The Hamoaze

– by Tom Bowden

I was born in Torpoint on the River Tamar and across the river from Plymouth.

My Sketch of the River Tamar shows that the part of the river opposite Devonport Dockyard is known as The Hamoaze.

The River Tamar, of course, retains its name until it reaches the sea but this lower estuary has been known as the Hamoaze since the sixteenth century. I believe it derives from muddy Ham Creek which once adjoined Weston Mill Lake.

I have a collection of old picture postcards and some of them show interesting old ships in the Hamoaze and I show some of them here with captions.

The Hamoaze from Empacombe near Mount Edgcumbe, 1904

In the distance is the Royal Albert Bridge and HMS Impregnable, a Training Ship, is on the right. See the covered slipways in the dockyard which date from the early nineteenth century.

This area was then known as Plymouth Dock and in 1824 the name was changed to Devonport.

The well known photographers: Abrahams & Sons of Devonport took this photograph and helpfully wrote the names of the ships on it. In the background you can see the trees on Mount Edgcumbe so we are still in that region. I believe that the impressive old ship on the right was named more correctly: HMS Indus V and was formerly the famous HMS Ganges which was moored at Falmouth as a Training Ship from 1865 to 1899.

HMS Ganges was launched on 10th November 1821 at Bombay Dockyard and she was made of teak. She took part in many actions and was the flagship of the Pacific Station.  Then she returned to England and was converted to a training ship and served as HMS Ganges at Falmouth from 1865 to 1899. Then she was moved to Harwich and in 1905 she became part of RNTE Shotley. In 1906 she was renamed HMS Tenedos III and moved to Devonport to become part of the training establishment HMS Indus.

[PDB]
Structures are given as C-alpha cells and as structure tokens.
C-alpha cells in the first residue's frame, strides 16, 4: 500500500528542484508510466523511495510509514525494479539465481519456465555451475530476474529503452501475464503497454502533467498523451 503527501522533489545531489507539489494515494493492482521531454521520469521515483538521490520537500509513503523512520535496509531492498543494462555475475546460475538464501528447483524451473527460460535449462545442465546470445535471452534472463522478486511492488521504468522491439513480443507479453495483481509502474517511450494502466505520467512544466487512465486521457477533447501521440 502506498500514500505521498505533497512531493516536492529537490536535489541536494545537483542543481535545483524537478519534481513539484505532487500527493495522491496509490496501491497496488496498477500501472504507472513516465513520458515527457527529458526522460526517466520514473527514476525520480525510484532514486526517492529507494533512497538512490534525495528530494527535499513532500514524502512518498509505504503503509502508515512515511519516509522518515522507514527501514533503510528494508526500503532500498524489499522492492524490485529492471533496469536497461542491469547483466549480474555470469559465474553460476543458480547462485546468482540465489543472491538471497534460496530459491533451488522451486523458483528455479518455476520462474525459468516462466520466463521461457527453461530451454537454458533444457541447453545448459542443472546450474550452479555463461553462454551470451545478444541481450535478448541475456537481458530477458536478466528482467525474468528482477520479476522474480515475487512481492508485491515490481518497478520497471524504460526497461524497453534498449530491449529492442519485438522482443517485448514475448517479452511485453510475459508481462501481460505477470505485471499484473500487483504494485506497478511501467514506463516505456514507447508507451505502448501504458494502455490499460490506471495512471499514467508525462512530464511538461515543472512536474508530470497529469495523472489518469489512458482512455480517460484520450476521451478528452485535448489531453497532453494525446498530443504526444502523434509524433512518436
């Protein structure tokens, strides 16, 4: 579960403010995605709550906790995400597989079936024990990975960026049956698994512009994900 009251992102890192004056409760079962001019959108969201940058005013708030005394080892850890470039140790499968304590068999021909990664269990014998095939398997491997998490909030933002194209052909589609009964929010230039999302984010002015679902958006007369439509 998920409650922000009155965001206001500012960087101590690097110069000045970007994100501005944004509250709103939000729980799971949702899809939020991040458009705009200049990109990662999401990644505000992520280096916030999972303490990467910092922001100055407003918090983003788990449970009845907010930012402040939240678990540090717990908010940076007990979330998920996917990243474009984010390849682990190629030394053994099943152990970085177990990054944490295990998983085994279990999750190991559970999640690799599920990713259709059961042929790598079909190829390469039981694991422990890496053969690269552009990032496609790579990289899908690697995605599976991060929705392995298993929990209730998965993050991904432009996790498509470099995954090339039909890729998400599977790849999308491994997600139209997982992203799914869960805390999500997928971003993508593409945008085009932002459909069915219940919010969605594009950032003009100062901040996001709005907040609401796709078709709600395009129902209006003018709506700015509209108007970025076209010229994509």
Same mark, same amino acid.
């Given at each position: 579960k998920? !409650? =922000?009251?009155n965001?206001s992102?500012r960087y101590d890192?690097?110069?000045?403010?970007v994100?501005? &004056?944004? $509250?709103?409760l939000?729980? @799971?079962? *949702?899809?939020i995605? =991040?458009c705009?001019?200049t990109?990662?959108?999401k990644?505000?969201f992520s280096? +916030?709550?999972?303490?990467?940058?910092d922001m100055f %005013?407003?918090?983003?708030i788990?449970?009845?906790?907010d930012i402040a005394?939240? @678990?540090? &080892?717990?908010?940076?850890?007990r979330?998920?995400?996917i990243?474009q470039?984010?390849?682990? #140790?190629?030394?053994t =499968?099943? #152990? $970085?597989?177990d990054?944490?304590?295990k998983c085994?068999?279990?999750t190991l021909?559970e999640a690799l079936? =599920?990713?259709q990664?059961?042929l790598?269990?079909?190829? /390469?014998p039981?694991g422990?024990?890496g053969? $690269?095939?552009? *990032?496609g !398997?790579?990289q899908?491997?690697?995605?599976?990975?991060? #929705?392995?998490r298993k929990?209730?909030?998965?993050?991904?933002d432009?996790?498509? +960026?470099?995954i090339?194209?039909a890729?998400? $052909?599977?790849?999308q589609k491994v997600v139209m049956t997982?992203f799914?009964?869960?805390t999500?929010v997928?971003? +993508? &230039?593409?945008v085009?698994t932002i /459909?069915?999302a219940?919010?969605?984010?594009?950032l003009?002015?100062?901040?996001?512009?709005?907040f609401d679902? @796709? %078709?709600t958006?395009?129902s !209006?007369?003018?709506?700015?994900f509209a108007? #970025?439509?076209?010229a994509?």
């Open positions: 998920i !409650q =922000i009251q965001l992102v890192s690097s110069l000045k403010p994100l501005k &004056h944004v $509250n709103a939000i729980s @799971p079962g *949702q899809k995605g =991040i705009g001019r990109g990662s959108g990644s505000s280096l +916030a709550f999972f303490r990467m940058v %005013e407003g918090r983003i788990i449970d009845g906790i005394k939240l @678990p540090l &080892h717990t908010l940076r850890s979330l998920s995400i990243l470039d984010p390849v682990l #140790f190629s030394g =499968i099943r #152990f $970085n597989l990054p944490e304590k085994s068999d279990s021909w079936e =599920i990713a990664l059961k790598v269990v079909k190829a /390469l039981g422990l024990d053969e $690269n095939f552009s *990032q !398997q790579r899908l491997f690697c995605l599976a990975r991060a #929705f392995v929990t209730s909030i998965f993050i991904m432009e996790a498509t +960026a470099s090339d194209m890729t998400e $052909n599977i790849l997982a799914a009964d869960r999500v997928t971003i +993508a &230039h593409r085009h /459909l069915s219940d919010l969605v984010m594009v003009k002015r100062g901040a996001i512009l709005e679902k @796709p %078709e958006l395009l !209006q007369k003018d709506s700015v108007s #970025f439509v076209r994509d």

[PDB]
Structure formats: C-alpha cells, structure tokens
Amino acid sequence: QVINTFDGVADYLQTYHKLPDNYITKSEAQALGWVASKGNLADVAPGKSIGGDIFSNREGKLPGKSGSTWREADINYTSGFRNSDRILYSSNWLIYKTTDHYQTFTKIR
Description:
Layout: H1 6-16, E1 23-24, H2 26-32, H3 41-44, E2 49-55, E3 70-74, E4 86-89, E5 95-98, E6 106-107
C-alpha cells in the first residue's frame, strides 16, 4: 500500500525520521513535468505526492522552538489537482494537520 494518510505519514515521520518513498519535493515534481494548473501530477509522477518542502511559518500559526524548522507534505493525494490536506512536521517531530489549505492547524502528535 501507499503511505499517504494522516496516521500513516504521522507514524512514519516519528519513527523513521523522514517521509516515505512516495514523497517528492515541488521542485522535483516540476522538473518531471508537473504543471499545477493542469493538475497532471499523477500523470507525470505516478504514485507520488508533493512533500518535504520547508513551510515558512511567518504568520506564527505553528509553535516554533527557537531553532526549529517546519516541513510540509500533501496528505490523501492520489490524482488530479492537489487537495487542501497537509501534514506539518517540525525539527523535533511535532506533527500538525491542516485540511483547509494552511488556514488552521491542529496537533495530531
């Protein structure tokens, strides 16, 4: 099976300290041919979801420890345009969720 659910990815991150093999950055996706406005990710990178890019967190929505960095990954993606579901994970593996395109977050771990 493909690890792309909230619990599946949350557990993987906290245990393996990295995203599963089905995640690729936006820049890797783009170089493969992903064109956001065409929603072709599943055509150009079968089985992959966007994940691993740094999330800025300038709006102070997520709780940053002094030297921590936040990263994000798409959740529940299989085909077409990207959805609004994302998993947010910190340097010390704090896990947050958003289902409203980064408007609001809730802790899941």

On 13th August 1910 she was renamed HMS Indus V and remained like that until October 1922 when she was renamed HMS Impregnable III and was moved the short distance to become the Training Establishment HMS Impregnable.

So, if this photograph was taken any time between those dates (1910 to 1922) we are looking at the famous HMS Ganges, a Conopus Class, 193ft, 2,280ton, 84 gun, sailing ship of the line. Look at all the gun ports on the starboard side! In 1923 she was finally taken out of service and broken up in 1930 – after over a century of service.

HMS Conqueror, c.1904

HMS Conqueror was an ironclad battleship of 6,200tons launched at Chatham   on 8th September 1881 and commissioned in 1887 for the Jubilee Review. Apparently, it was thought that ramming was a good way to attack an enemy ship and HMS Conqueror had a main armament of an Armoured Ram and two 12inch guns.

She went into reserve at Devonport in 1889 and became a tender at a gunnery school, and was paid off in July 1902.

You see HMS Conqueror here having been stripped of her guns before she was sold in 1907.

HMS Resolution in a Floating Dock, Devonport, c.1944

This is another fine photograph by Abrahams of Devonport. We see the stern view of HMS Resolution in a Floating Dock at Devonport. She was built at Palmers Shipbuilding and Iron Company, Jarrow, and launched on 14th January 1915 and commissioned on 30th December 1916.

She was a powerful ship of about 33,000tons, 620ft long and with eight 15 inch guns. HMS Resolution served with great distinction throughout two wars. In World War II she was badly damaged and was repaired in the United States.

Finally, she returned to England and then converted to become a stokers training ship in 1944.